William Styron was my hero: he was born and raised in the Tidewater, was probably the best novelist to come out of Virginia, and is the author of my favorite passage in American literature, which is very dear to my heart:
There were wide barren fields now, a patch of river to the south, the Rappahannock; this was territory that they knew, where one lane, one house or barn, gliding soundlessly past the car's vaultlike silence, only announced another house or lane or barn a few yards farther on, each more familiar as they drew closer to home. This was the Northern Neck, a land of prim pastoral fences, virgin timber, grazing sheep and Anglo-Saxons: these, the last, spoke in slumbrous Elizabethan accents, rose at dawn, went to bed at dusk, and maintained, with Calvinist passion, their traditional intolerance of evil. Most were Presbyterians and Baptists, many were Episcopalians, and all prayed and hunted quail with equal fervor and died healthily of heart failure at an advanced age; destiny had given them a peaceful and unvanquished land to live in, free of railroads and big-city ways and the meretricious lures of the flesh, and when they died they died, for the most part, in contentment, shriven of their moderate, parochial sins. They were bounded by two rivers and the sky, and were as chary of the hinterland as of the deepest heart of Africa. A sturdy and honest curiosity filled their minds, provided the objects of such were not exotic or from the North, and the smell of sea filled their days; exacting in all matters, moral but never harsh, they lived in harmony with nature and called themselves the last Americans.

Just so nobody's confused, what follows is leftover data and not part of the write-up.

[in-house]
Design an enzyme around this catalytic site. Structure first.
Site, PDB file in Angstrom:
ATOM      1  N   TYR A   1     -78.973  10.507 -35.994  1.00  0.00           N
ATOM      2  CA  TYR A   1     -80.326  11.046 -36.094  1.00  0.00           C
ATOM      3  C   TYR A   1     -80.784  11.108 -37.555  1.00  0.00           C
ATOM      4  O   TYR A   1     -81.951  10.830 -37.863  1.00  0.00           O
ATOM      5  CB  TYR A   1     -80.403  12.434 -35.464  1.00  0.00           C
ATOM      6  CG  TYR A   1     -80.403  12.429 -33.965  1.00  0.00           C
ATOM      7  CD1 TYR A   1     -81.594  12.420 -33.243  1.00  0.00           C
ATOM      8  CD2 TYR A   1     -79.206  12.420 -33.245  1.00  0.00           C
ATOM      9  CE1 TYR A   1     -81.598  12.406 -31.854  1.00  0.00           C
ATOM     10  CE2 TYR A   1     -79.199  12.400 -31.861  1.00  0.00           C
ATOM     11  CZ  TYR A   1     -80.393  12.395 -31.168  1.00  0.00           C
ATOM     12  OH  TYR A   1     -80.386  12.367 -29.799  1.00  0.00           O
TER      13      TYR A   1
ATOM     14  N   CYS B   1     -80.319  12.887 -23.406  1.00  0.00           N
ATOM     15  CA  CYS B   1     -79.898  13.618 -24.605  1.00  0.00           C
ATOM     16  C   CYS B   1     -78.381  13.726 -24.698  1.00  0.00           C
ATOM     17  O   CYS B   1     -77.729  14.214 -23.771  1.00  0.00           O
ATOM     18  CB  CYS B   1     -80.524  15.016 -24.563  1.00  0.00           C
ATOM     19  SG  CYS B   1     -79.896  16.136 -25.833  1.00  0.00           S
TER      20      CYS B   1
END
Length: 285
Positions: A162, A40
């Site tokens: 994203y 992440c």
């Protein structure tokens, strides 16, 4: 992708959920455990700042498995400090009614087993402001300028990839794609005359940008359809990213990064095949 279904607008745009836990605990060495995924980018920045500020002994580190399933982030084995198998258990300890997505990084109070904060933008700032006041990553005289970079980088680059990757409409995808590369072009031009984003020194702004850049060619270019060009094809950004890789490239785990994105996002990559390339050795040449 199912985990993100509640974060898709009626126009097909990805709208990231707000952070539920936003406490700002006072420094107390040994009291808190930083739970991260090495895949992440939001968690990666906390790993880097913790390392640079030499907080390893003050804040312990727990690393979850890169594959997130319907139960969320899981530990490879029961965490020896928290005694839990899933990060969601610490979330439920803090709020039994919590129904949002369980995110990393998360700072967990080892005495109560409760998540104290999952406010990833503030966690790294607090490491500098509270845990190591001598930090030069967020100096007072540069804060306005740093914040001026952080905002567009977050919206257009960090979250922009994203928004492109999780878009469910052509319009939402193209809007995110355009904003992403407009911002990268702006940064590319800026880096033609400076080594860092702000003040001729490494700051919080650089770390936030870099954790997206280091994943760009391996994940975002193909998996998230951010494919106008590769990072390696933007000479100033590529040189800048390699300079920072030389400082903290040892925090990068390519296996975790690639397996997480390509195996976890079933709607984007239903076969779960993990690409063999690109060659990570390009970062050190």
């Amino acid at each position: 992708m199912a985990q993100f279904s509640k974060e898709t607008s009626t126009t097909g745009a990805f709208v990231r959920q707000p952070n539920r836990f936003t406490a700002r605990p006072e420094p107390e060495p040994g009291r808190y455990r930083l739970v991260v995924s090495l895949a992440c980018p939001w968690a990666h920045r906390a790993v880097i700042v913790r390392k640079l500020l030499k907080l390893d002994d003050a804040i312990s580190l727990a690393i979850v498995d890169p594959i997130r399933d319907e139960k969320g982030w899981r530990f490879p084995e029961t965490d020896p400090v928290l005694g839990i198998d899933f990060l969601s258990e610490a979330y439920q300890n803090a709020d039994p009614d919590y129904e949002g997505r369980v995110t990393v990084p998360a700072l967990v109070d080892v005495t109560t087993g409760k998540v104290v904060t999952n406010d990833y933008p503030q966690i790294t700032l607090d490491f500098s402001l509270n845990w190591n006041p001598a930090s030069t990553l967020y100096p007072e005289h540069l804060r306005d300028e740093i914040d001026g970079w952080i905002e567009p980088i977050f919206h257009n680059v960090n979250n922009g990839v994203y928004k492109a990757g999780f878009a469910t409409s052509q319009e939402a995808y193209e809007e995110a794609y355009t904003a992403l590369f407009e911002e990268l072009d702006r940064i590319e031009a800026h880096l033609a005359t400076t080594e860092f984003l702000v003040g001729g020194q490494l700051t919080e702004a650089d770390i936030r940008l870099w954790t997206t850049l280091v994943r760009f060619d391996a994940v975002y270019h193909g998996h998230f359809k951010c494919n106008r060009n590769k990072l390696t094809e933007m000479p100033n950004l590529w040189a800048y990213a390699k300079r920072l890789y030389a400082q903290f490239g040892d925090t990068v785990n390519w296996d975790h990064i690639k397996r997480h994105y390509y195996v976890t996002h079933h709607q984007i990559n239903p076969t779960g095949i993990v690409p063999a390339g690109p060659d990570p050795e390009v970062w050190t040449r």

Please, do yourself a favor and go out and buy a copy of Lie Down in Darkness. You won't regret it.